Croup

Revision as of 04:15, 6 May 2015 by Rossdonaldson1 (talk | contribs) (Disposition)

Background

  • Croup = laryngotracheobronchitis
  • Affects 6 mo-3 yr (peak in 2nd year)
  • Fall & winter
  • Etiology
    • Parainfluenza (50%), RSV, rhinovirus
  • Spasmodic croup
    • Sudden onset of barking cough/stridor
    • No viral prodrome, unlike standard croup
    • Difficult to differentiate from croup
  • Must rule-out foreign body

Diagnosis

  1. 1-2 day of URI followed by barking cough, stridor
  2. Low-grade fever
  3. NO drooling or dysphagia
  4. Duration = 3-7d, most severe on days 3-4

Clinical Presentation

Helps to stratify patients into mild moderate and severe and guide treatment

Westley Croup Score[1][2]

Parameter 0 Point 1 Point 2 Points 3 Points
Inspiratory stridor None When agitated On/off at rest Continuous at rest
Retractions None Mild Moderate Severe
Air Entry Normal Decreased Mod decreased Severely decreased
Cyanosis None When crying At rest
Alertness Alert Restless, anxious Depressed

Assessment

  • <2 Very mild
  • 2-9 Mild to moderately severe
  • >9 Severe croup

Diagnosis

  • Consider CXR if concerned about alternative diagnosis
    • Steeple sign on AP (not Sp, not Sn)
  • Consider nasal washings for RSV, parainfluenza, influenza.

Treatment

Cool mist

  • May provide symptomatic treatment for patients with ongoing stridor[3]

Steroids

  • First line treatment
  • Dexamethasone 0.15-0.6mg/kg PO/IM (max 10mg)[4]

Epinephrine (nebulized)

  • Use in moderate to severe cases based on the croup scores. Use either Racemic or Standard Epinephrine[5]
  • Racemic Epi (2.25%): 0.05 mL per kg (maximal dose: 0.5 mL) of racemic epinephrine 2.25% [6]
  • Epinephrine (1:1,000): 0.5 mL per kg (maximal dose: 5 mL) via nebulizer,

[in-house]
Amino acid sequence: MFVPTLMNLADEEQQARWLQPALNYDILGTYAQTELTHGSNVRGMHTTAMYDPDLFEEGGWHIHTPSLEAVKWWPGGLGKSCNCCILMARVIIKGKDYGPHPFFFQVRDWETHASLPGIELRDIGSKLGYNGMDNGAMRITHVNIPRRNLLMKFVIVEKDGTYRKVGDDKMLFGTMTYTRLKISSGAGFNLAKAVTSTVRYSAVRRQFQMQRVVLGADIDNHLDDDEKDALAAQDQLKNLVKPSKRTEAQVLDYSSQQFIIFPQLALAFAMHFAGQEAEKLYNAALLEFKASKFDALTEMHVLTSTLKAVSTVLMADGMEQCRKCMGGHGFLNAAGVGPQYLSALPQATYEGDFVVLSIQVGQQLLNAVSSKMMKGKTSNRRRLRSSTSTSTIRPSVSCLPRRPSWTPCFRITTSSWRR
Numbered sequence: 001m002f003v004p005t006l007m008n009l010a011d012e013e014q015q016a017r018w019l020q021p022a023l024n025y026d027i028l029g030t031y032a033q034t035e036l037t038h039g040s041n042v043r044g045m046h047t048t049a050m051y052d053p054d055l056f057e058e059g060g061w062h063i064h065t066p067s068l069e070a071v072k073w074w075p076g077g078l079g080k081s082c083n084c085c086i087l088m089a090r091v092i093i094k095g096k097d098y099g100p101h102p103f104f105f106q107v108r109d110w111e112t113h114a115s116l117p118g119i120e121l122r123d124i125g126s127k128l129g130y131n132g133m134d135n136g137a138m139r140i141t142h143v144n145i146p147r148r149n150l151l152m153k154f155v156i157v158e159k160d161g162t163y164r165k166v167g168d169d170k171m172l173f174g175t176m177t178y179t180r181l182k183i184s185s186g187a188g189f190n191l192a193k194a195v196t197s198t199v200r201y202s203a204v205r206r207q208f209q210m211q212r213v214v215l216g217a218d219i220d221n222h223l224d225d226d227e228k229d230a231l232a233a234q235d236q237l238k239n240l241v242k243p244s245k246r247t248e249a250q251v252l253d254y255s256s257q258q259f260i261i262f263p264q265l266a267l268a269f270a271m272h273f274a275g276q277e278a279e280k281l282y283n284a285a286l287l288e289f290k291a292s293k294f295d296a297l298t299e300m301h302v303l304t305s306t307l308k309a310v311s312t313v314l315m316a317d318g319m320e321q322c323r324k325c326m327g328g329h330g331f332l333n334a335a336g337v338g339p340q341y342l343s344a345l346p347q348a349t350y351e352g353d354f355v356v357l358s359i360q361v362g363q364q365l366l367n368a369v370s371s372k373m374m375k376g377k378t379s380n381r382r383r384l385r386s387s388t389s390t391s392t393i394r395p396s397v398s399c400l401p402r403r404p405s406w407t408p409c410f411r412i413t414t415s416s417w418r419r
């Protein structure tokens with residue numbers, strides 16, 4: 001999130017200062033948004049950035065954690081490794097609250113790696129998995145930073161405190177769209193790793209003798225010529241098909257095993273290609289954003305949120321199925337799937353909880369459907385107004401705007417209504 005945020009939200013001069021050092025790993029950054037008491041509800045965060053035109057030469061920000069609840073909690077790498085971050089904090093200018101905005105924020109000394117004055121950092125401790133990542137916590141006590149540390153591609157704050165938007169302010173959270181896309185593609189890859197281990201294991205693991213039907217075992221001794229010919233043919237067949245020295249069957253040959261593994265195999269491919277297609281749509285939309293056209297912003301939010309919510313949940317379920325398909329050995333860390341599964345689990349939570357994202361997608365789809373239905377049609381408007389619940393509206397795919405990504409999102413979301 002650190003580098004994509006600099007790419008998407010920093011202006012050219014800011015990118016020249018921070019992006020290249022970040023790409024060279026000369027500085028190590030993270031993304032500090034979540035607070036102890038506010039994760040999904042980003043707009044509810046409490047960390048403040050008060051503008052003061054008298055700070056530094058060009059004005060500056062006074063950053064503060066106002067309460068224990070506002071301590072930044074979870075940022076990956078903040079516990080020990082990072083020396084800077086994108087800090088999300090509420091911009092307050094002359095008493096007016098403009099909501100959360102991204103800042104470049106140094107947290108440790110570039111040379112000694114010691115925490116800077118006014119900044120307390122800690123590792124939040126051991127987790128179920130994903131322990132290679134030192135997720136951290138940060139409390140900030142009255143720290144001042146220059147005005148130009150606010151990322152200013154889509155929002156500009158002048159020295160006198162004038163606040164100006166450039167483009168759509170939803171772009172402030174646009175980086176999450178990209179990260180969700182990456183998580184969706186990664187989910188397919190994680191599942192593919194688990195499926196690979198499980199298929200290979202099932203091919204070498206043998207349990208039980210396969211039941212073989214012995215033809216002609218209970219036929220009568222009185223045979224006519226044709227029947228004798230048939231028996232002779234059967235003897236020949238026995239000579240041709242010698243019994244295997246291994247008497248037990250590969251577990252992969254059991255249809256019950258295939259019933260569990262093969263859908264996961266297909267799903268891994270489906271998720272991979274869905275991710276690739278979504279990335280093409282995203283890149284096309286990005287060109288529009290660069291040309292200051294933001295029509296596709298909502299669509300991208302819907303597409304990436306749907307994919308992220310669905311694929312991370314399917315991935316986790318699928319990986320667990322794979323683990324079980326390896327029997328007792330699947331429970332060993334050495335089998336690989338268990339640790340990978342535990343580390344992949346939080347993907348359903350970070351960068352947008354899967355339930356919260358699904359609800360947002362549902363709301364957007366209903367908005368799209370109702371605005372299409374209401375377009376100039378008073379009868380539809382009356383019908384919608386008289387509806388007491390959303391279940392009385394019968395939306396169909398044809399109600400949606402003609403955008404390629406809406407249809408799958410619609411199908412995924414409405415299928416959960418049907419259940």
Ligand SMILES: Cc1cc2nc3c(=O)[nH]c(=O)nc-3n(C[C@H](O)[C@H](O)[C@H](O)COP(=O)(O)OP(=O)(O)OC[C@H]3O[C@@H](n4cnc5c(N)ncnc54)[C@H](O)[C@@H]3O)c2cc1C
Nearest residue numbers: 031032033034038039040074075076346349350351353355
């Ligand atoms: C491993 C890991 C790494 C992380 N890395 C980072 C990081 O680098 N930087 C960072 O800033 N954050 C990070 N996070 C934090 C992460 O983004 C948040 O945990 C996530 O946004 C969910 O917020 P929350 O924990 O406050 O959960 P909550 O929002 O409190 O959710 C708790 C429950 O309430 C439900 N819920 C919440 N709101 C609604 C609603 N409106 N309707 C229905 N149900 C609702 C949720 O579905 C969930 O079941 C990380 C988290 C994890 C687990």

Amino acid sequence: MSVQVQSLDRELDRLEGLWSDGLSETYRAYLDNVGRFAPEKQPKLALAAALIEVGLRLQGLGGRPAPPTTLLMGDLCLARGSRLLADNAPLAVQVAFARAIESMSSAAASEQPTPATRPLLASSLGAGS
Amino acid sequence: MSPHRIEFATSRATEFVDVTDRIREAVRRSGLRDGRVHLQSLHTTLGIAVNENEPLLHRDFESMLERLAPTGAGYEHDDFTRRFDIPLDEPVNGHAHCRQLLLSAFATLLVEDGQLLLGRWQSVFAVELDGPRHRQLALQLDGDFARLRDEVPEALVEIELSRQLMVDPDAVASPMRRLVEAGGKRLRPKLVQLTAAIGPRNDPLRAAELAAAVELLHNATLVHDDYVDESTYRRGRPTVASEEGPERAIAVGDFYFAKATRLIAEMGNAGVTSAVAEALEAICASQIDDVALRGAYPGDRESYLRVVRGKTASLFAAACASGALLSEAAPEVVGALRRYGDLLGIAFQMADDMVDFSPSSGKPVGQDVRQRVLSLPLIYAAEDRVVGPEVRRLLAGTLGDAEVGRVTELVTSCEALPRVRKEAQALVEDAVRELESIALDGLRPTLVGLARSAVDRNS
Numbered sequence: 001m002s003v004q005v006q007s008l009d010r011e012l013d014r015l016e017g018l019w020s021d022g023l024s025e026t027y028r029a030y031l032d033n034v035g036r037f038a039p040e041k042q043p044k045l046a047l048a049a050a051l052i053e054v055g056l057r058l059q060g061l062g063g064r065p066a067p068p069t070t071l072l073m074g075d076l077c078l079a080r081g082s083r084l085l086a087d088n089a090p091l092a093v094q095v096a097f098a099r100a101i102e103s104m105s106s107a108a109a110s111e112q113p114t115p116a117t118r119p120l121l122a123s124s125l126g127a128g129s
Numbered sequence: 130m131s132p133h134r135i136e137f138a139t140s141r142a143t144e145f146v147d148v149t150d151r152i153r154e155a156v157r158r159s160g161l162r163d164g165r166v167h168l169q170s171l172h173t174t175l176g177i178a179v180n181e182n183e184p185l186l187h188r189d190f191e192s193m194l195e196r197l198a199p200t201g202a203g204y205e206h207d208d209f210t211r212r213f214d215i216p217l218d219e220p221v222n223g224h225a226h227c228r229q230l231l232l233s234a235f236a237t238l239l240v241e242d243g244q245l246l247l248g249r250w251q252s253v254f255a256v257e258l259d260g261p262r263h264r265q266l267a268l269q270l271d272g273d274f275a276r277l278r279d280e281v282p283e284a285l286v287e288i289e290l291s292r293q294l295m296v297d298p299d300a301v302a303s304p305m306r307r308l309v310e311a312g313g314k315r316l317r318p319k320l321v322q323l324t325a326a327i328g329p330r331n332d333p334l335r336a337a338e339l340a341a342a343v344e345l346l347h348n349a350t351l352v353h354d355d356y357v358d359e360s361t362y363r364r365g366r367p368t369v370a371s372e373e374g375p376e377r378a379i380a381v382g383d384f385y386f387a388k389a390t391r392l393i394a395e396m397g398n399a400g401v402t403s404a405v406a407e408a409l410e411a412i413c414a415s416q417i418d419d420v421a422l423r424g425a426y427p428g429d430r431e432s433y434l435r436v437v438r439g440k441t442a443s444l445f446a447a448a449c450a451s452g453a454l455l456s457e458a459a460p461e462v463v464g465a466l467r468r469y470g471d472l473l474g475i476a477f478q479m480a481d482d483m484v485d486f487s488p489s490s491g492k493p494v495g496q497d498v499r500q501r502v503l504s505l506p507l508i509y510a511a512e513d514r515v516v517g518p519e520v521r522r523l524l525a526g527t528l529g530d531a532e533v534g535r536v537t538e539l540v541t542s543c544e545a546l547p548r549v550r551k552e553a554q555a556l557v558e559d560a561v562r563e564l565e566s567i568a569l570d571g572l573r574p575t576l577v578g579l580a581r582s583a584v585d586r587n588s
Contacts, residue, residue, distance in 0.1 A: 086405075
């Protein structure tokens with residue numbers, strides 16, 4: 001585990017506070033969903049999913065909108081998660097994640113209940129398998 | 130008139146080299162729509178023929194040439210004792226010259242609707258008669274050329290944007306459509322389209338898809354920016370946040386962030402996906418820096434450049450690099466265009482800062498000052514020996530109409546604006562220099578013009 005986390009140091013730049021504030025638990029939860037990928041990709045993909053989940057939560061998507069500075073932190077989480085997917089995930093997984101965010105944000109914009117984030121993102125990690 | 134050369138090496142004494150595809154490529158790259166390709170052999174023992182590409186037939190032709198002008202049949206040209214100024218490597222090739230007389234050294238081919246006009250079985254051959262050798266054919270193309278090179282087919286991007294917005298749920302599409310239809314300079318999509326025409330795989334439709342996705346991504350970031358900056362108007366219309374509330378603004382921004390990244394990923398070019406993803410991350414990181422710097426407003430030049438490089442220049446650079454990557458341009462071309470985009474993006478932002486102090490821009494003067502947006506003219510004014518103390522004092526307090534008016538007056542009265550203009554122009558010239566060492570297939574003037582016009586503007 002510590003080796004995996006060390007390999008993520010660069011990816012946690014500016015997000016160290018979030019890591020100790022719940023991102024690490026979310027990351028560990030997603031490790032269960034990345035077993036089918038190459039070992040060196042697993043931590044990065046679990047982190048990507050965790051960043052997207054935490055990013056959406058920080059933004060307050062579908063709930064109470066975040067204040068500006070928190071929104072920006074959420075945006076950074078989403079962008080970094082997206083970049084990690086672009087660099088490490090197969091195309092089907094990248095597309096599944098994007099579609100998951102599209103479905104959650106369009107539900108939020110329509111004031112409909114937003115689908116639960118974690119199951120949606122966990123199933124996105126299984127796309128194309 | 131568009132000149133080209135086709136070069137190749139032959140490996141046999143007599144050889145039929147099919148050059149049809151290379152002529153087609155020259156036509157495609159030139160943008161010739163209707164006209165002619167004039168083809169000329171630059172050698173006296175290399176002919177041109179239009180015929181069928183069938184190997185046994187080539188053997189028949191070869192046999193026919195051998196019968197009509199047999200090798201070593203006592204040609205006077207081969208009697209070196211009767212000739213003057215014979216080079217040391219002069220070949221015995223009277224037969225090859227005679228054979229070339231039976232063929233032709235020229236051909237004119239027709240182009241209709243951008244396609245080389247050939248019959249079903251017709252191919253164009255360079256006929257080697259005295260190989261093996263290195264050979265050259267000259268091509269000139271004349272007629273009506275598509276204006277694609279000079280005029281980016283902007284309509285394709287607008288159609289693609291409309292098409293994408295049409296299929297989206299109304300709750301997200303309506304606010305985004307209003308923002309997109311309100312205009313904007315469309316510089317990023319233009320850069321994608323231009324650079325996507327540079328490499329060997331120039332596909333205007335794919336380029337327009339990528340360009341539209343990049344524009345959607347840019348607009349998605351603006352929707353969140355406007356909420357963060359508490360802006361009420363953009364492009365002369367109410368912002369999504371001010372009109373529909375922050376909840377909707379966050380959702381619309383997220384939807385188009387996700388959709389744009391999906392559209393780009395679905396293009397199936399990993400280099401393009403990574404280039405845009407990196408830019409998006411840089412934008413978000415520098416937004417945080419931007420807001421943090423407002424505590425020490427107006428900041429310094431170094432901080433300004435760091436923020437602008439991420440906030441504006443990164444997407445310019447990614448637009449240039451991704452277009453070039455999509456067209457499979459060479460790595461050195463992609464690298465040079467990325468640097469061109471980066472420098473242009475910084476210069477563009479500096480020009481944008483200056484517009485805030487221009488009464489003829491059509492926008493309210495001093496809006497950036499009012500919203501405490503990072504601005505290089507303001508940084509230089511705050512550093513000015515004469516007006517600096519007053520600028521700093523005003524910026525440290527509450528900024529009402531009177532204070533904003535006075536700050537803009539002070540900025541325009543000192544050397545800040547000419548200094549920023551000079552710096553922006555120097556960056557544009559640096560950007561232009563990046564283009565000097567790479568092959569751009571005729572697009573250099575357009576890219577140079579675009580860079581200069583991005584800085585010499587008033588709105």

• Do NOT give albuterol (may worsen edema (vasodilation))

Intubation rarely needed but if so the use one half size smaller tube if intubating

Disposition

Consider Discharge

  • 3hr since last epinephrine
  • Able to tolerate PO
  • Nontoxic appearance

Admit

  • Persistent respiratory symptoms/signs
  • ≥2 treatments with epinephrine

See Also

Bronchiolitis (RSV)

External Links

Source

  1. Westley CR, et al. Nebulized racemic epinephrine by IPPB for the treatment of croup: a double-blind study. Am J Dis Child. 1978; 132(5):484-487.
  2. Klassen TP, et al. Croup. A current perspective. Pediatr Clin North Am. 1999; 46(6):1167–1178.
  3. Scolnik D, Coates AL, Stephens D, Da Silva Z, Lavine E, Schuh S. Controlled delivery of high vs low humidity vs mist therapy for croup in emergency departments. JAMA. 2006;295(11):1274–1280
  4. Geelhoed GC, Macdonald WB. Oral dexamethasone in the treatment of croup: 0.15 mg/kg versus 0.3 mg/kg versus 0.6 mg/kg. Pediatr Pulmonol. 1995;20(6):362–368.
  5. Adair JC, Ring WH, Jordan WS, Elwyn RA. Ten-year experience with IPPB in the treatment of acute laryngotracheobronchitis. Anesth Analg. 1971;50(4):649–55
  6. Westley CR, Cotton EK, Brooks JG. Nebulized racemic epinephrine by IPPB for the treatment of croup: a double-blind study. Am J Dis Child. 1978;132(5):484–487